Section 3: Now you’re a council member
Once the election is ﬁnalised, the CEO will advise when the next council meeting will occur. The time between the end of the election and the ﬁrst council meeting will vary from council to council. It may be almost straight away or could be as long as
three weeks after.
You should prepare yourself by learning about:
- the procedure for taking your place on your council
- meeting procedures set down in your local government’s local law (Standing Orders or Meeting Procedures Local Law).
The CEO may arrange an orientation and induction process for newly elected councillors. This may include:
- general information about local government and speciﬁc information on how your council operates
- a tour of the local government area and facilities
- information on the organisational and operational structure including an overview of each of the functions or departments
- introduction to key staff members.
In the meantime, you may ﬁnd it valuable to acquaint yourself with:
- the Local Government Act 1995 and regulations
- strategic management plan and other associated plans
- policies and procedures
- current year’s budget and budget proposals
- most recent annual report.
Most of this information can be found on your local government’s website.
The local government’s website also provides a range of useful contextual information including policies, legislation, manuals, codes and guidelines.
If your council does not have a formal induction program, you could make a time to meet with the CEO and mayor / shire president.
Once you have been elected, you will be required to make a Declaration of Ofﬁce before you are ofﬁcially on the council. This is a formal declaration that you undertake to carry out your duties faithfully, honestly, with integrity and to the best of your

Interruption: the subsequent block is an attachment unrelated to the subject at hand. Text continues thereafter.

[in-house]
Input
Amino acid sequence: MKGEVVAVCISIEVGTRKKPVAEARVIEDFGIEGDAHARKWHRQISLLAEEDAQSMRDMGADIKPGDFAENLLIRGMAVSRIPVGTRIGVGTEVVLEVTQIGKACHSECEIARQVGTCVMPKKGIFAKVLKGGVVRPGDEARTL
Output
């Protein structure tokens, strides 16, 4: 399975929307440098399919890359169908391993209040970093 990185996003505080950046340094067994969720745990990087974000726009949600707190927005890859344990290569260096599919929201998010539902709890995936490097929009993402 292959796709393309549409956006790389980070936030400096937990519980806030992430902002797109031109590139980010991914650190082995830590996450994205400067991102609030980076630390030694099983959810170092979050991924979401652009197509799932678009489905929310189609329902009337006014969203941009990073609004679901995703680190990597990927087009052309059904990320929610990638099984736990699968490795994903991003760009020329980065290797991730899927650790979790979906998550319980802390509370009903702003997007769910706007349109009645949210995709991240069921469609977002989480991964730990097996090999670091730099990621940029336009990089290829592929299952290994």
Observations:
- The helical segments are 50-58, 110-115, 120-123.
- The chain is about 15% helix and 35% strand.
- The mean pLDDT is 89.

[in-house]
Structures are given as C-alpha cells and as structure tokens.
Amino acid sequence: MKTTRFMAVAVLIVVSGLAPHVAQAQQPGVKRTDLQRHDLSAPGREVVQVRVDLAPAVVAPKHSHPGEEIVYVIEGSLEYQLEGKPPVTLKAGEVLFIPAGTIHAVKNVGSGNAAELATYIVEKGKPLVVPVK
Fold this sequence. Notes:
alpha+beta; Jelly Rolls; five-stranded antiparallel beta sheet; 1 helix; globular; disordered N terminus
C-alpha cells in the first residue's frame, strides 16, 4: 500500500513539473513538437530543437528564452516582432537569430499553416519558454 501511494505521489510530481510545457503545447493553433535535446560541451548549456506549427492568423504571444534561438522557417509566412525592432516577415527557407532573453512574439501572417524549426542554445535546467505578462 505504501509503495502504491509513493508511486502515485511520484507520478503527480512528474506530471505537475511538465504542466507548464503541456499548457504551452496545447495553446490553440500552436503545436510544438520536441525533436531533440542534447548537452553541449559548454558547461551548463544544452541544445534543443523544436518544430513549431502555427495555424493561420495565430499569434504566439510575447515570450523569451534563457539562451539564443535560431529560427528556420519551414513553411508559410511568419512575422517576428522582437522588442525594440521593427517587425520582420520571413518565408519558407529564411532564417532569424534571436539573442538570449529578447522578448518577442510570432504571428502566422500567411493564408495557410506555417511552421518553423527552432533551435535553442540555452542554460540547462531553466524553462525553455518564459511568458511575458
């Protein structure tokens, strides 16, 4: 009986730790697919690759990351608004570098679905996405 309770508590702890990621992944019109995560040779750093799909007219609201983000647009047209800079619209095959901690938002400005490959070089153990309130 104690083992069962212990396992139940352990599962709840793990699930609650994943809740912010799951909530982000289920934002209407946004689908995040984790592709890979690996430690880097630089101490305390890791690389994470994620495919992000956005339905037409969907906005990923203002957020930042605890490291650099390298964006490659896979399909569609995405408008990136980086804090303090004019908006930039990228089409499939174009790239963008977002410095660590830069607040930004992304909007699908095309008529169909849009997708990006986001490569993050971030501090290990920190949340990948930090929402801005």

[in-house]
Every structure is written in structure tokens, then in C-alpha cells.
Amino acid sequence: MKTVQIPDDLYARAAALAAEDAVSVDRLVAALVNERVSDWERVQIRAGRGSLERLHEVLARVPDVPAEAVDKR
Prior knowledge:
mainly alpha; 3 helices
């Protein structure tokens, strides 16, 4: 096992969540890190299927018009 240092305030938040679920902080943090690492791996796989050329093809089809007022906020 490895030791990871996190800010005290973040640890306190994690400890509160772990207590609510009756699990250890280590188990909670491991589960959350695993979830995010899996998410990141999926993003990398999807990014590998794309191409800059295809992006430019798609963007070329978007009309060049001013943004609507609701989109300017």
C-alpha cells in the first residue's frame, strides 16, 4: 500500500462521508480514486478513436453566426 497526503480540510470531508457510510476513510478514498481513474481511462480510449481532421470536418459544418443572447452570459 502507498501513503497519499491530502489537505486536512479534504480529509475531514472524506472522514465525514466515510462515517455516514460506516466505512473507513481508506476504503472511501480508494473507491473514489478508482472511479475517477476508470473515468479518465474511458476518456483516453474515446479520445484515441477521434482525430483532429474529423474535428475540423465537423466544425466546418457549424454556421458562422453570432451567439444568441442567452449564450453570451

ability. It is signed in the presence of an authorised person. This normally occurs at the ﬁrst council meeting after the election.
Each council has its own procedure for this ceremony. If a speech is required, it is usually most appropriate to make a simple statement thanking your supporters and expressing your desire to contribute to the work of your council.
You must also complete a primary return of your ﬁnancial and other interests within three months of the conclusion of the election, and an annual return (an update of changes to the primary return) each year. The CEO will brief you on the procedure as
it applies to your council. For transparency and accountability purposes, your primary and annual returns will be accessible to the public via the local government’s website and will be available for public inspection at the local government’s
As councillors have no authority in relation to staff, you should ask about the procedures for lodging enquiries regarding local government works and services. You should also seek opportunities to meet your fellow councillors with whom you will be working
for the next few years.
Training and development
As part of recent reforms to the Local Government Act 1995, a universal training program for all council members has been introduced. The Council Member Essentials has been developed to better equip council members in undertaking their role. Following election, council members will be required to complete five modules of training within the first 12 months of being in office.
It’s not about winning for yourself. It’s about looking at the bigger picture, taking stock of all the information and facts, seeking community input and finding commonality with others about what is the greatest benefit to the community.